India is dealing with the fallout from an unusual kind of protest that took place last weekend. Thirty-eight people were killed during a violent demonstration against the conviction of the leader of a religious sect for raping two of his female followers.
Gurmeet Ram Rahim Singh, one of India’s so-called “godmen”, has as many as 60 million online devotees, and last weekend’s protest was not the first to turn violent in his defence. The reporter who first revealed Singh’s sexual misconduct was shot dead shortly after the story broke.
Singh is the leader of the Dera Sacha Sauda sect, and a flamboyant character who has used the Indian airwaves to build a one-man publicity machine. Rape allegations as well as suspicions that Singh ordered the killing of a journalist have been hanging over his head for 15 years. But that hasn’t stopped Indian media outlets from giving him publicity.
“When these media outlets were gloating about Gurmeet Ram Rahim Singh and were busy promoting his movies, they knew this man has been accused of killing a journalist. He is accused of rapes, accused of extortion and other illegal activities. But they agreed to take him on the news channels,” says investigative journalist Anurag Tripathi.
Author and journalist Swati Chaturvedi is critical of the role media play in building up India’s “babas”. “We give them primetime slots, we promote them, we build them up, we push them and push them, to the level where they are all pervasive in public consciousness,” she says.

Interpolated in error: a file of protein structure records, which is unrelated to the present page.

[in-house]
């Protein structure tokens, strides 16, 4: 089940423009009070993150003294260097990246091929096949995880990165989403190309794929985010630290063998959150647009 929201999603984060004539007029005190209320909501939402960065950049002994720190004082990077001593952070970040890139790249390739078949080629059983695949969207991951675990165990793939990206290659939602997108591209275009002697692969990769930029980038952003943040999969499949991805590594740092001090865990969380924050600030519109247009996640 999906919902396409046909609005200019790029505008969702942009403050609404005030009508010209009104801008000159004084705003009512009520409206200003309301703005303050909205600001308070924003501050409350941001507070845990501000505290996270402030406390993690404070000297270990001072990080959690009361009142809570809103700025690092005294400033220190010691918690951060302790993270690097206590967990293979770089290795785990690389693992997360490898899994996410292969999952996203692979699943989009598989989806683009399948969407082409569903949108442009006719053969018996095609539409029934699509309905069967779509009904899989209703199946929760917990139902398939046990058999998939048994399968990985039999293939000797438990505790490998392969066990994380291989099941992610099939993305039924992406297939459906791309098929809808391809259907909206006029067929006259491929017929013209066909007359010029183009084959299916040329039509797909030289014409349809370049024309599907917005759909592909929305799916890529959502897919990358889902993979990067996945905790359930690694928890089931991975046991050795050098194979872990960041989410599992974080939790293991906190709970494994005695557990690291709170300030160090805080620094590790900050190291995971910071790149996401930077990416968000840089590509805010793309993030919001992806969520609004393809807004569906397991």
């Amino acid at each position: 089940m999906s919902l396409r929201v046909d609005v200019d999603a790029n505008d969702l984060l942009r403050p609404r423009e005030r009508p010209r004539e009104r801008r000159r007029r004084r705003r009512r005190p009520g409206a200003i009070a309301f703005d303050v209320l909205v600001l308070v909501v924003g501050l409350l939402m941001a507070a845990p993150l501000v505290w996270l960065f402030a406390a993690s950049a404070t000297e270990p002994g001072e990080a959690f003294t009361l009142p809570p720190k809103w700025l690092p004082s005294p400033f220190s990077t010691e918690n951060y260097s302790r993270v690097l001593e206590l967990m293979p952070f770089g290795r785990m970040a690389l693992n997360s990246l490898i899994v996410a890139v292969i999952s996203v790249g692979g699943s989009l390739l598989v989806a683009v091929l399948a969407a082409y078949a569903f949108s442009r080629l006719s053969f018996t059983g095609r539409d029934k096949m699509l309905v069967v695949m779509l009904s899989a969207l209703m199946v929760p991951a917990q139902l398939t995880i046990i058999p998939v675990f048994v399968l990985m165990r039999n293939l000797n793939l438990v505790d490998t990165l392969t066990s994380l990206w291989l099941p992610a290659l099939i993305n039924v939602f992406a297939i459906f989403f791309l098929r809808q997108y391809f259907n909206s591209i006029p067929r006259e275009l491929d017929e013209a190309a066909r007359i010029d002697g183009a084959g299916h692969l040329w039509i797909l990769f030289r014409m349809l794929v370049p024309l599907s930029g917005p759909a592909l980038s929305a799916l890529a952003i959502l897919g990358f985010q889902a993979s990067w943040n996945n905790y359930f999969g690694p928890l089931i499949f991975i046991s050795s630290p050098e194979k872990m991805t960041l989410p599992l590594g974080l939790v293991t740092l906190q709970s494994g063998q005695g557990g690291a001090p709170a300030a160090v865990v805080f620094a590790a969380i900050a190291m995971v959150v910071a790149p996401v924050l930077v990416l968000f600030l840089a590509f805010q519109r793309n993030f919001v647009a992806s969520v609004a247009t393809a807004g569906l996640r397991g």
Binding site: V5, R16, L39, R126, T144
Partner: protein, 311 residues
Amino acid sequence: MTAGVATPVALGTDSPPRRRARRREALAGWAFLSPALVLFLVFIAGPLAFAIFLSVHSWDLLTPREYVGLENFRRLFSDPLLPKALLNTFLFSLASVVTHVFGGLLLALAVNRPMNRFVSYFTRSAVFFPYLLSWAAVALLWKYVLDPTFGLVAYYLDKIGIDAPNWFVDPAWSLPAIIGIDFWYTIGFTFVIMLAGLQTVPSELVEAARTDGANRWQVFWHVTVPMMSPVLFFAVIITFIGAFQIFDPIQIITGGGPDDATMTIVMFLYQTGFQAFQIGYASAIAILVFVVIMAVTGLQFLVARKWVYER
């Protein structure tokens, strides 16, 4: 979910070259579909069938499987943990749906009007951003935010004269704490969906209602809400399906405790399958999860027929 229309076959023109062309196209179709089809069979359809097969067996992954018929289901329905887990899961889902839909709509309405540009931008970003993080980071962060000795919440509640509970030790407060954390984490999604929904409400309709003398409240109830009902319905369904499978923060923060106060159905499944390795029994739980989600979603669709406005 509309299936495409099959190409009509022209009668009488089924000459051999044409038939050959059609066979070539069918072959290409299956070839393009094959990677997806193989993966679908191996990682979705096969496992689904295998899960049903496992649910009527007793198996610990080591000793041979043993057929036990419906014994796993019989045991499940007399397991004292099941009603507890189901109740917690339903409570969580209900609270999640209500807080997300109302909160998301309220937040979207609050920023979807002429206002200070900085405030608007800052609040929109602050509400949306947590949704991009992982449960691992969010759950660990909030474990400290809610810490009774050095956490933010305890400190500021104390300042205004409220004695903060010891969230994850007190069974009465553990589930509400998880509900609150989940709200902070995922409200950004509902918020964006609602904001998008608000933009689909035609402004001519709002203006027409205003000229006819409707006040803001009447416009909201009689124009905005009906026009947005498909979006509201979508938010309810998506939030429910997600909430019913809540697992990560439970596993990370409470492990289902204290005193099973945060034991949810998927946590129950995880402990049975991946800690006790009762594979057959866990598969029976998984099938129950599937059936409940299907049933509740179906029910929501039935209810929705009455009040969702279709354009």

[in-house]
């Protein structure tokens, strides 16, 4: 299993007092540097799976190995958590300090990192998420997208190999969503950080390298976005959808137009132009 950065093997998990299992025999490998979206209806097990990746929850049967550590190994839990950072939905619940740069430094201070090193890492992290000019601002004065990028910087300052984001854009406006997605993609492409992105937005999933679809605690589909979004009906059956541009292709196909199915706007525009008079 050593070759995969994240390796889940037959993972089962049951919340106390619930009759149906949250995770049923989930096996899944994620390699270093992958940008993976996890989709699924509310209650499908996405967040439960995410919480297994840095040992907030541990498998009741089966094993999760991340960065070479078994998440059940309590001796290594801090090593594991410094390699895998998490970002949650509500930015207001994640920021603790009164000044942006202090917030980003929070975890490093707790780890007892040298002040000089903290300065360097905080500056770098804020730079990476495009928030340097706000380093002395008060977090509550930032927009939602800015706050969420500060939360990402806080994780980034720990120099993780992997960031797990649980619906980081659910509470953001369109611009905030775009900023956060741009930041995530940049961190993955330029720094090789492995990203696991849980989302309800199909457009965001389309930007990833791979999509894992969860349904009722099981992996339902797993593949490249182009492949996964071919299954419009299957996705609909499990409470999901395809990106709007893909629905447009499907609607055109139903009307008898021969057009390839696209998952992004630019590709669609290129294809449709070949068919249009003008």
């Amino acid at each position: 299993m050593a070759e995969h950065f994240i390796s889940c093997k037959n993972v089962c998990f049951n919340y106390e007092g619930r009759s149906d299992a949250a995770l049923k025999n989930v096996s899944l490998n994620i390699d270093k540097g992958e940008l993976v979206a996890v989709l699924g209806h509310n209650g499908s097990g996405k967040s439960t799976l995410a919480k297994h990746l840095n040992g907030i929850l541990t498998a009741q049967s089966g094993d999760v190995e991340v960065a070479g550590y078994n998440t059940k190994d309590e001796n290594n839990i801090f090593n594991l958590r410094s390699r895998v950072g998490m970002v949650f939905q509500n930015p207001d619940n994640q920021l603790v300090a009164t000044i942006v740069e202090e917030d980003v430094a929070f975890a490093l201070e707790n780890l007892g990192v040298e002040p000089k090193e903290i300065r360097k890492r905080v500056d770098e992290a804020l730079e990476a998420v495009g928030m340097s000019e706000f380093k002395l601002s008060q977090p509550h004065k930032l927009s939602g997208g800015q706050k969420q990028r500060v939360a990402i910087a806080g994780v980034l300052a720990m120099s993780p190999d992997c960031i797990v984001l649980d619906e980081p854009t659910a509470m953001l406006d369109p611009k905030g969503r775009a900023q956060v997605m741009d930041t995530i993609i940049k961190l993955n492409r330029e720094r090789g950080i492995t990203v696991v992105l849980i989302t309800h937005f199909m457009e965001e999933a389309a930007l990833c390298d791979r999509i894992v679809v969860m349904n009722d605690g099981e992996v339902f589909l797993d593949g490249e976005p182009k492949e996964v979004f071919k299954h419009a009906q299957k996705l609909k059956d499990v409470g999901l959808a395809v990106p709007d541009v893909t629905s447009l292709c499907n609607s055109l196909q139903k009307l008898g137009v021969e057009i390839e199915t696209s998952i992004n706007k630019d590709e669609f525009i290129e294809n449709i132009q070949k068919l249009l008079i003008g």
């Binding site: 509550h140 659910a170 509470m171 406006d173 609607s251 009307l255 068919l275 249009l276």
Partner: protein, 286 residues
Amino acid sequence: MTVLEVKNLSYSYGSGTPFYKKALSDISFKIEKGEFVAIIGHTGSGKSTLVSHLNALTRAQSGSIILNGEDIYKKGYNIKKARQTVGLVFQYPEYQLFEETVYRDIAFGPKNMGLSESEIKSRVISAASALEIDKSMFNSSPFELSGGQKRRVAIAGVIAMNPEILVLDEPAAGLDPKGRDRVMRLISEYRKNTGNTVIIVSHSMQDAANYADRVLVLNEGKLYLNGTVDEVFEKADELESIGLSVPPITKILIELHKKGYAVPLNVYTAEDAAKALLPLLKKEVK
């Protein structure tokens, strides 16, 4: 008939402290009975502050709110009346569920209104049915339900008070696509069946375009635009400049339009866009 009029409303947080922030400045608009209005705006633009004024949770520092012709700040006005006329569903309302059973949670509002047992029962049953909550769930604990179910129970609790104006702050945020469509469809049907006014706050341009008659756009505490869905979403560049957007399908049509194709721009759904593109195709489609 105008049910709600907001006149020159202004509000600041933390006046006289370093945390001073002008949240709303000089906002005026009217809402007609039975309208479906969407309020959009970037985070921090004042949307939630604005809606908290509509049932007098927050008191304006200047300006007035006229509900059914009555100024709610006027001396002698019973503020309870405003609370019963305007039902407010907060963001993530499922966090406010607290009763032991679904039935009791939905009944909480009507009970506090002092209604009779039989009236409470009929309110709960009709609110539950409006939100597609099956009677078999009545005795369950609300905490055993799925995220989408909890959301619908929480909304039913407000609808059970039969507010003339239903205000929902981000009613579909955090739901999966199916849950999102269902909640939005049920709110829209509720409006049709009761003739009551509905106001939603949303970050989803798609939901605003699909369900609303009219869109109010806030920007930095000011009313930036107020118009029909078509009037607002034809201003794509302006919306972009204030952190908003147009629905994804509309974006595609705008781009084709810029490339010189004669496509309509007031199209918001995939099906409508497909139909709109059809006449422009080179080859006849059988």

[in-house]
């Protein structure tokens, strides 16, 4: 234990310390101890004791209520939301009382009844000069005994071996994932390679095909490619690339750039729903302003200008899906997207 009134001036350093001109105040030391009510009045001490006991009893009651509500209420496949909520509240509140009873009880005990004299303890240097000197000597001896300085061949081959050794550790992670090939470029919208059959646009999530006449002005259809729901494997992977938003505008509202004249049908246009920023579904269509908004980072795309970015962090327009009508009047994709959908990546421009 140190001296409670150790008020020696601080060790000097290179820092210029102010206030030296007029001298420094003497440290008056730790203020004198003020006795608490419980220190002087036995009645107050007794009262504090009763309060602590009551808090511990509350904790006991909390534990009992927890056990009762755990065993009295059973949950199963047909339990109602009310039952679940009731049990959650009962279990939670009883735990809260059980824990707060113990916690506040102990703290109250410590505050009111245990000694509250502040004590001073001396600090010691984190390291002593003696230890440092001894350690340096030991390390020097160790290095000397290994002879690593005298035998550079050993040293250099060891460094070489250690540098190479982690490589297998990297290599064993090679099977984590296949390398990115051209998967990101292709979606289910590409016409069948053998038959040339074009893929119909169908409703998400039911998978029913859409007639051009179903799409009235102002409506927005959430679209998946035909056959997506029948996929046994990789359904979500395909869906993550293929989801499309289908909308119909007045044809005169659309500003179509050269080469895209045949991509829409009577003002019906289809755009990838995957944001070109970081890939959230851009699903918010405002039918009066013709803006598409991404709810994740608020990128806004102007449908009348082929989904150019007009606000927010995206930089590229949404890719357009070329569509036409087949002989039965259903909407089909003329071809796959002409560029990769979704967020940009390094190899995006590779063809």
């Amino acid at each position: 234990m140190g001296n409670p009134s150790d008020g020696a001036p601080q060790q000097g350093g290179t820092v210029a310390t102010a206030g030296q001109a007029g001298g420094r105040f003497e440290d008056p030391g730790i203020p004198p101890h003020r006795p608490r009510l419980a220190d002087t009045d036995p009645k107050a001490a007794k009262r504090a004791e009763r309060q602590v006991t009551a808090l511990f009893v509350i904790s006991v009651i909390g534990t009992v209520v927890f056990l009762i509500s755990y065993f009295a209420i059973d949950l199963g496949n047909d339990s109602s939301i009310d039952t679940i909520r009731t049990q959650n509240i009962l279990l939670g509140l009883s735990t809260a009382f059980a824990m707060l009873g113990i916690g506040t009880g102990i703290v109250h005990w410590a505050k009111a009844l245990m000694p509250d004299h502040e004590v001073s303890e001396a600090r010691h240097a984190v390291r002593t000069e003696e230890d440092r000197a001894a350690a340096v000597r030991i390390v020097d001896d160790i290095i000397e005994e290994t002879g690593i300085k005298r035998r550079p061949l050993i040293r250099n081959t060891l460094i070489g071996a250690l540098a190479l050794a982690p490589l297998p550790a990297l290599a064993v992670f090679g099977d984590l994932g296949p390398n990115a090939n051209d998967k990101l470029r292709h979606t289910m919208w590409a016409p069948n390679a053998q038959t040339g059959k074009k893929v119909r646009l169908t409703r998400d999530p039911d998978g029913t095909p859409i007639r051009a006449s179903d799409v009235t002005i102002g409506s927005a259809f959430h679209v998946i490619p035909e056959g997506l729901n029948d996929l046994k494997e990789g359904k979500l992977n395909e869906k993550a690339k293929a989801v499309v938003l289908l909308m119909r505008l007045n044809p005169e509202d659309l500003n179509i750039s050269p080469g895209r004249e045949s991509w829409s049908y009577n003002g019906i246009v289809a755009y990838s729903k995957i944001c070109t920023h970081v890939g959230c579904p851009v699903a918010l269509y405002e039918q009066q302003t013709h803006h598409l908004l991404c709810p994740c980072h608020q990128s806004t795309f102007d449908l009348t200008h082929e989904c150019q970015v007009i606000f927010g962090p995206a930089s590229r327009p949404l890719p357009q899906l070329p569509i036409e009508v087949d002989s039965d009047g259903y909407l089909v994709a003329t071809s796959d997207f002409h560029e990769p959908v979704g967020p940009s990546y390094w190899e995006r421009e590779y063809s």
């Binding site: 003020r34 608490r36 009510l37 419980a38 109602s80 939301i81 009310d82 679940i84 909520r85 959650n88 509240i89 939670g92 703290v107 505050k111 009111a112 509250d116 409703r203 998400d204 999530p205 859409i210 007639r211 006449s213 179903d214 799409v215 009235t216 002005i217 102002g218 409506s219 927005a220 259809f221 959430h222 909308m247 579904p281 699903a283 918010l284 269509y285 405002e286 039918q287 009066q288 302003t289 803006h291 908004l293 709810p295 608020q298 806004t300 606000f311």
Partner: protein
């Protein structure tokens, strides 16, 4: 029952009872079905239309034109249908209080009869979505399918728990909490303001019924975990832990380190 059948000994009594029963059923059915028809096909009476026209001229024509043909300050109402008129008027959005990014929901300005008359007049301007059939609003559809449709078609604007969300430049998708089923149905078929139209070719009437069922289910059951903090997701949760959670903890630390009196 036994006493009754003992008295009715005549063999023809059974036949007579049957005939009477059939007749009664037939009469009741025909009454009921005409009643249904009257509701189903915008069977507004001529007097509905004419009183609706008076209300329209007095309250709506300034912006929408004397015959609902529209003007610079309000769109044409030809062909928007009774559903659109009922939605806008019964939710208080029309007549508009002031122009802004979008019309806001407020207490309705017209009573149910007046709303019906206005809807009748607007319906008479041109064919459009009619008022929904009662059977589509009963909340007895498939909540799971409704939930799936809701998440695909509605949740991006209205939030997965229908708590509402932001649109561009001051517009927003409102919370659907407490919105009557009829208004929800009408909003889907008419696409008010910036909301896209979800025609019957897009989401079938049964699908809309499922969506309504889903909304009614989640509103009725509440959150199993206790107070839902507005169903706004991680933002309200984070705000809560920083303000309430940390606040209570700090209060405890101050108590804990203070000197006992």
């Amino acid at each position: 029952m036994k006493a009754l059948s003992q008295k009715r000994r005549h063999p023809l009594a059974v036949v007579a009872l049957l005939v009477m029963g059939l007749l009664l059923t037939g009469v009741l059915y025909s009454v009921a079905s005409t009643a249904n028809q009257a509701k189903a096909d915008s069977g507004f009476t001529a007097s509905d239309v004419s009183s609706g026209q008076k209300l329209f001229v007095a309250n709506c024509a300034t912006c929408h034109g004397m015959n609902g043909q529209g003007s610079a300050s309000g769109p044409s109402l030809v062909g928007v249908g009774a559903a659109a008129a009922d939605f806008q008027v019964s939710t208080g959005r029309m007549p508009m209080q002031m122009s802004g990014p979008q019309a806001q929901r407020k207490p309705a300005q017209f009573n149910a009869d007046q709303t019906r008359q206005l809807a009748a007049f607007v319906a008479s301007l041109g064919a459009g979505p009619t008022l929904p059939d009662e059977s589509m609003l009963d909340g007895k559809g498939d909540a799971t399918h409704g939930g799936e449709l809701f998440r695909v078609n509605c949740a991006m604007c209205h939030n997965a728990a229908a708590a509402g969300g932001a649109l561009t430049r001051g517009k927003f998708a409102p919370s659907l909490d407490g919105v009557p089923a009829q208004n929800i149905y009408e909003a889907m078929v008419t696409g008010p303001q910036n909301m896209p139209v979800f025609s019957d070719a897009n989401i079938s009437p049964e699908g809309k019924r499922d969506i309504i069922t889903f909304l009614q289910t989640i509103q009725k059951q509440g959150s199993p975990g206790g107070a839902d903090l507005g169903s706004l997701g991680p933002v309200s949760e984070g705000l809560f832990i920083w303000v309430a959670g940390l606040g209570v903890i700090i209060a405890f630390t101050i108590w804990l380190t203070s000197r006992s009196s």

The ultimate fear is the fate that befell Ram Chandra Chhatrapati, the journalist who, way back in 2002, first exposed the sexual assault allegations against Singh – and who swiftly paid for that with his life.
But much of the promotion of the “godmen” is driven by ratings and circulations. “As soon as you begin to wield influence over a mass of people, you start attracting the attention of political parties who want to align with you and this is when the mainstream media get involved,” says media analyst Vineet Kumar. “To most people, the baba is a holy spiritual leader, but in reality, he represents a lucrative revenue structure. And wherever there is a revenue structure the mainstream media will inevitably follow.”
The result, says FirstPost columnist Srinivas Prasad, is a lack of scrutiny of the babas. “Editors routinely reject all ideas of any stories to investigate godmen. They are afraid of losing potential readers and these godmen have links with the politicians,” he says. “We end up having very little or no investigation into godmen of this country.”
As Gurmeet Ram Rahim Singh has another court date upcoming for the Chhatrapati murder case, the trial of the Indian news media – the Big Media – continues.
Swati Chaturvedi, Author and journalist
Vineet Kumar, Media critic
Anurag Tripathi, Journalist
Srinivasa Prasad, Contributor, First Post